Across the Atlantic, in Madrid and Barcelona, sales and rental prices are again rising far above the heads of ordinary folk after several years of recession that led debtor families to be thrown out of their homes, often before television cameras. A small studio in Madrid's Lavapies district, a multicultural, shabby-chic neighborhood on its way to becoming a trendy hipster and gay-friendly district, now exceeds 120,000 euros.

Lavapies neighborhood in Madrid — Photo: Nicolas Vigier

"Foreign investors are snapping everything up," a real estate agent told me recently. "Don't expect to find anything (in the city center) under 150,000 euros." It's probably not fair, but the image that keeps popping into my head is of a blond-haired buyer wearing synthetic anorak and asking prepared questions.

The agent said prices were rising more slowly in Barcelona as the city begins restricting online rentals. Perhaps as a prelude to similar moves, I read last week in El País that Madrid may also restrict and tax these rentals.

In Valencia, on the Mediterranean coast, one frequently sees sheets hanging conspicuously from balconies, especially in the historic quarter. Neighbors use the sheets to inform passing authorities of "illegal" rentals inside the building. It's the residential equivalent of taxi drivers trying to smash Uber cars.

It all seems to chime with the restless, speculative nature of life in this era of freelance jobs, financial crises, barmy election results and cockamamy referendums. A studio apartment was supposed to be something of a shield against all of that, a kind of "live-in bank account." Now I may find myself shut out of that too.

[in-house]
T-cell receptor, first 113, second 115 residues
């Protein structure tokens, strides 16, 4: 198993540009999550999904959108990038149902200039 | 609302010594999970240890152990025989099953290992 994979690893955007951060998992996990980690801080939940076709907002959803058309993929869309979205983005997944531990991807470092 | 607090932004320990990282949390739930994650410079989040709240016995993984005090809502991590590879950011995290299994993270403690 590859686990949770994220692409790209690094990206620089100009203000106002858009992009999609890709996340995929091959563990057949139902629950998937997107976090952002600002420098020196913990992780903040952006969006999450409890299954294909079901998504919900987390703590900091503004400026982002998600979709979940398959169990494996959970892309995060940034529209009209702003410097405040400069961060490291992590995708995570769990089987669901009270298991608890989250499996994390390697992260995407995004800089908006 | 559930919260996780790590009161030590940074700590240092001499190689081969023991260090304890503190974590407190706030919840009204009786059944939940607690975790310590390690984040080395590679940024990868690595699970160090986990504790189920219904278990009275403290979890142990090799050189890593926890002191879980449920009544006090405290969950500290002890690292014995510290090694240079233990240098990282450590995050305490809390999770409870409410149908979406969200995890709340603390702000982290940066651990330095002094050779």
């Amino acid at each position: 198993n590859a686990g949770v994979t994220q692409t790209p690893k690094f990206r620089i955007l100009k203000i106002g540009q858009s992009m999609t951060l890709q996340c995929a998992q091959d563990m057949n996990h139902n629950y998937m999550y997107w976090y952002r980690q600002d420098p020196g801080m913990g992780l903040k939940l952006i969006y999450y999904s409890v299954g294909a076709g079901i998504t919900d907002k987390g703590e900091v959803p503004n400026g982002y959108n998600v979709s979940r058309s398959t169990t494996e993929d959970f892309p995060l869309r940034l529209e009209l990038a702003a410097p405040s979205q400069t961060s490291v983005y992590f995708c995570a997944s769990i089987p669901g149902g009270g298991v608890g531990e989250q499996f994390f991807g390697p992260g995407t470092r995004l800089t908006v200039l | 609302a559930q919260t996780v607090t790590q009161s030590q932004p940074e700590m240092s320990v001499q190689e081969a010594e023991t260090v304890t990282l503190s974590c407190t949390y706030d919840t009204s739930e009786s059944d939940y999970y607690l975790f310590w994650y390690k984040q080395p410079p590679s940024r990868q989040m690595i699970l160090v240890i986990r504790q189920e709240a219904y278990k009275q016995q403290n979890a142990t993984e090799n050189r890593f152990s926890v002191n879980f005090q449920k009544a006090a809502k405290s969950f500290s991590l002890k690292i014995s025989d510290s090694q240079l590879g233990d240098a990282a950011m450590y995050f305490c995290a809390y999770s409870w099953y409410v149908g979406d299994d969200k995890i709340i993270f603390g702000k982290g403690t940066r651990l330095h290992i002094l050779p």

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Look At This Crap! The "Enshittification" Theory Of Why The Internet Is Broken

The term was coined by journalist Cory Doctorow to explain the fatal drift of major Internet platforms: if they were ever useful and user-friendly, they will inevitably end up being odious.

A photo of hands holding onto a smartphone

A person holding their smartphone

Gilles Lambert/ZUMA
Manuel Ligero


The universe tends toward chaos. Ultimately, everything degenerates. These immutable laws are even more true of the Internet.

In the case of media platforms, everything you once thought was a good service will, sooner or later, disgust you. This trend has been given a name: enshittification. The term was coined by Canadian blogger and journalist Cory Doctorow to explain the inevitable drift of technological giants toward... well.

The explanation is in line with the most basic tenets of Marxism. All digital companies have investors (essentially the bourgeoisie, people who don't perform any work and take the lion's share of the profits), and these investors want to see the percentage of their gains grow year after year. This pushes companies to make decisions that affect the service they provide to their customers. Although they don't do it unwillingly, quite the opposite.

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Annoying customers is just another part of the business plan. Look at Netflix, for example. The streaming giant has long been riddling how to monetize shared Netflix accounts. Option 1: adding a premium option to its regular price. Next, it asked for verification through text messages. After that, it considered raising the total subscription price. It also mulled adding advertising to the mix, and so on. These endless maneuvers irritated its audience, even as the company has been unable to decide which way it wants to go. So, slowly but surely, we see it drifting toward enshittification.